CMSC828J
Advanced Topics in Information Processing: Image Segmentation
General Information 


Announcements:
Papers are now complete for discussion on March 7.
Rubric for presentations posted
The midterm was posted 3/26 (see below).
On 3/27 I updated the midterm with two minor clarifications.
On Monday, April 2, office hours will be 9:3010:30, and after class.
Description
What differentiates image segmentation from other clustering problems is that images have a natural 2d neighborhood structure. As a consequence, many segmentation algorithms can be thought of as diffusing information about image similarity among nearby pixels. We will begin by discussing diffusion processes, including anisotropic diffusion processes, which do exactly that. At the same time, we will discuss other local operations, such as edge detectors, that make judgements about image boundaries based on this information. We will then discuss approaches that diffuse probabilistic information by assuming Markov models of image probabilities. These methods include Markov random fields, belief propagation, and linear relaxation labeling. Other segmentation methods that rely on the natural graph structure of the image include normalized cut approaches to image segmentation, algebraic multigrid methods, and other graph algorithms such as shortest path methods for finding image segmentations. Finally, we will discuss methods for applying more generic clustering techniques, such as EM, to capitalize on the neighborhood structure of images. Along the way, we will consider segmentation methods that rely on texture, color, and motion cues. The goal of the class will be to familiarize students with current research approaches to image segmentation, while at the same time teaching the theoretical foundations underlying this work. A secondary goal will be to introduce many concepts that are fundamental in lowlevel vision (eg., filtering, edge detection, color and texture analysis).
The class will consist of lectures on basic material, and discussion and reading of work that is more current and/or speculative. Students will be required to prepare for and help lead some of the discussions. Students who are not leading discussions will still be expected to read papers to prepare for them. They will also do problem sets or projects in which they implement and test an approach to segmentation, or propose novel work on segmentation. There will also be a midterm and a final exam covering the basic computational techniques we’ve learned. Students will find it important to have some prior knowledge of vision, mathematical sophistication, and familiarity with topics such as calculus, linear algebra, probability and statistics.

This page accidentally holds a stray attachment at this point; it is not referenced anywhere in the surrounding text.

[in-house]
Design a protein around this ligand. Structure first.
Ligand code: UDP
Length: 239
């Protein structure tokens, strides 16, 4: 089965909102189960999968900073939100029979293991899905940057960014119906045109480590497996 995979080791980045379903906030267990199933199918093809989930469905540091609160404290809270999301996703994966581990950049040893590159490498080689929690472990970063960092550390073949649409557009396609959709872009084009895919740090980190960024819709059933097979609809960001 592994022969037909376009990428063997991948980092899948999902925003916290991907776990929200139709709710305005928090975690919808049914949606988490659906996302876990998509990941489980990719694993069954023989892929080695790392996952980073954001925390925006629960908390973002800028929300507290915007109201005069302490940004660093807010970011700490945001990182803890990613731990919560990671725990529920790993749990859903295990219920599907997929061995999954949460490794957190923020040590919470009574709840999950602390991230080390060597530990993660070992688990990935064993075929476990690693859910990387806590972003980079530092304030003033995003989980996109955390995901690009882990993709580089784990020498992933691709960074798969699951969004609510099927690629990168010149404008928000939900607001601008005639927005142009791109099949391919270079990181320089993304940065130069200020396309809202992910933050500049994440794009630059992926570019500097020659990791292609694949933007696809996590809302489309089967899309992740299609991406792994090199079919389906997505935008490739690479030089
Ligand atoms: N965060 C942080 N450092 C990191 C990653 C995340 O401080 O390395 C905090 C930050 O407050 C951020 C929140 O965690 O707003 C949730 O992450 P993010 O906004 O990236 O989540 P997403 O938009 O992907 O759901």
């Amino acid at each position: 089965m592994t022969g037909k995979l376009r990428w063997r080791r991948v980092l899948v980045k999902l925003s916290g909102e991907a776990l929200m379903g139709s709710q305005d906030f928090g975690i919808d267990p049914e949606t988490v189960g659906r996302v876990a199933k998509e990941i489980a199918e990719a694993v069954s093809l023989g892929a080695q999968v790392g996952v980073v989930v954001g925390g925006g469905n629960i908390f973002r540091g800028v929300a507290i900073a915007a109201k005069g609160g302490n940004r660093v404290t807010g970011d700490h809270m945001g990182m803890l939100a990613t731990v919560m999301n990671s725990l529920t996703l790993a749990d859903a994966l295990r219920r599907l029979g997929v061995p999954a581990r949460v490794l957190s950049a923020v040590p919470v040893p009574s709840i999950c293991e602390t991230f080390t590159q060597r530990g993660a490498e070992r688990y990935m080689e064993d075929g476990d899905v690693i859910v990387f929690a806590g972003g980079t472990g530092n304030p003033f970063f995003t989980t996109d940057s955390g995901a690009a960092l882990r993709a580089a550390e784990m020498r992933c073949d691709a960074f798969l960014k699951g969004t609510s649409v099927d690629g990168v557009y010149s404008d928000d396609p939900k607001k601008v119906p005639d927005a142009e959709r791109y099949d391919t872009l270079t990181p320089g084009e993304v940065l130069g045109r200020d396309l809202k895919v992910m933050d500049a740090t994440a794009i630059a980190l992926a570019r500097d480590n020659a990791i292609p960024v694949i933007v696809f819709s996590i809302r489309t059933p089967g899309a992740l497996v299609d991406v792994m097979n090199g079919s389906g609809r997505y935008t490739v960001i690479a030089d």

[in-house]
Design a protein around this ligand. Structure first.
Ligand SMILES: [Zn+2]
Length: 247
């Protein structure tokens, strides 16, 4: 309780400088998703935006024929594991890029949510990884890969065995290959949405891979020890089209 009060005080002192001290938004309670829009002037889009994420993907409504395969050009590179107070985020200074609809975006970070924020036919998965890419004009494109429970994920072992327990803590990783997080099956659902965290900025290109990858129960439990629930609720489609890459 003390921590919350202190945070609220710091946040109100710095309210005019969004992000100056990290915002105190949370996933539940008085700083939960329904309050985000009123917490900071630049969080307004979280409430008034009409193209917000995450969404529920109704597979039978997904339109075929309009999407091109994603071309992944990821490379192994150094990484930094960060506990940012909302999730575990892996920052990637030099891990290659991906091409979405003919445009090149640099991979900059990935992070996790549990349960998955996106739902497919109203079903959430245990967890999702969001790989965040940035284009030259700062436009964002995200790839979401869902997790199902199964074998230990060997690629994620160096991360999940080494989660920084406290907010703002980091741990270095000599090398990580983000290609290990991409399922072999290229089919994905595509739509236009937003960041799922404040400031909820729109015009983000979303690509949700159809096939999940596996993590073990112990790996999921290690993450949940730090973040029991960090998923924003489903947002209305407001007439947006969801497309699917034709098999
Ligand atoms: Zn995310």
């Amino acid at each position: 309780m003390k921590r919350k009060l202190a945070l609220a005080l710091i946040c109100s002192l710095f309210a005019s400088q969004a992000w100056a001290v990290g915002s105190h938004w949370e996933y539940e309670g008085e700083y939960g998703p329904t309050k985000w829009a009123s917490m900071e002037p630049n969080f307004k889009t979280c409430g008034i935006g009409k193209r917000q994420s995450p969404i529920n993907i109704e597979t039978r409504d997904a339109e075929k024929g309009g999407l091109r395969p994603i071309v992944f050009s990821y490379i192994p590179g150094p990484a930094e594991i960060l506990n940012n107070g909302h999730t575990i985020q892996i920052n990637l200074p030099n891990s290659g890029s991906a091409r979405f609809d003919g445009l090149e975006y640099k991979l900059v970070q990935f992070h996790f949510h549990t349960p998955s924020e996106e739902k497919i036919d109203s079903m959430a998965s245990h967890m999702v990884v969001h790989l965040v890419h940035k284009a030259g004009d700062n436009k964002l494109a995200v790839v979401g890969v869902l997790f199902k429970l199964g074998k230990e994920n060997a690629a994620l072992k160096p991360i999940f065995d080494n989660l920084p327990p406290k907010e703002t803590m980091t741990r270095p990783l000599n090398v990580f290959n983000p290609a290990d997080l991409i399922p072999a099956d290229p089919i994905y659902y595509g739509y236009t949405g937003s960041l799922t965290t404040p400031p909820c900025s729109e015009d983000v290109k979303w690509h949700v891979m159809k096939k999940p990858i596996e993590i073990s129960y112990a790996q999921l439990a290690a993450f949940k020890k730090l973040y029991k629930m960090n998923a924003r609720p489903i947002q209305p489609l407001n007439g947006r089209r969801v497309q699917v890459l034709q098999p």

Requirements
Here is my current plan for the workload of the class. This may change during the first two weeks, as the number of students settles down.
1) Reports. There will be (probably) 8 classes in which we discuss research papers. Prior to each of these classes, students must turn in a one page report on the papers to be discussed. Prior to class, I will pose one or more questions, one of which you should answer in your report. I prefer if you turn in a hardcopy to me at the start of class. Late papers will not be accepted, since the goal of these reports is to get you to think about papers before we discuss them. However, each student need not turn in a report on days when they are presenting a paper, and may also skip one additional report. 10% of grade
2) Presentations. Each student will be in charge of presenting an inclass summary of one paper, and leading a discussion about that paper. On discussion days, three papers will be presented. The three students presenting are encouraged to work together and coordinate their presentations. Rubric 15 % of grade.
3) Midterm, Final. These will be based on material from the lectures, and background reading for the lectures. 50% of grade
4) Problem Set/Project. Student will choose one: 25% of grade
a) Three problem sets will be assigned, requiring implementations of three of the algorithms discussed in class.
b) Programming/research project: This is meant to be a more openended project for students interested in research in image segmentation. It should involve implementation of existing or novel algorithms for segmentation, and experiments on a realworld data set.
Problem Sets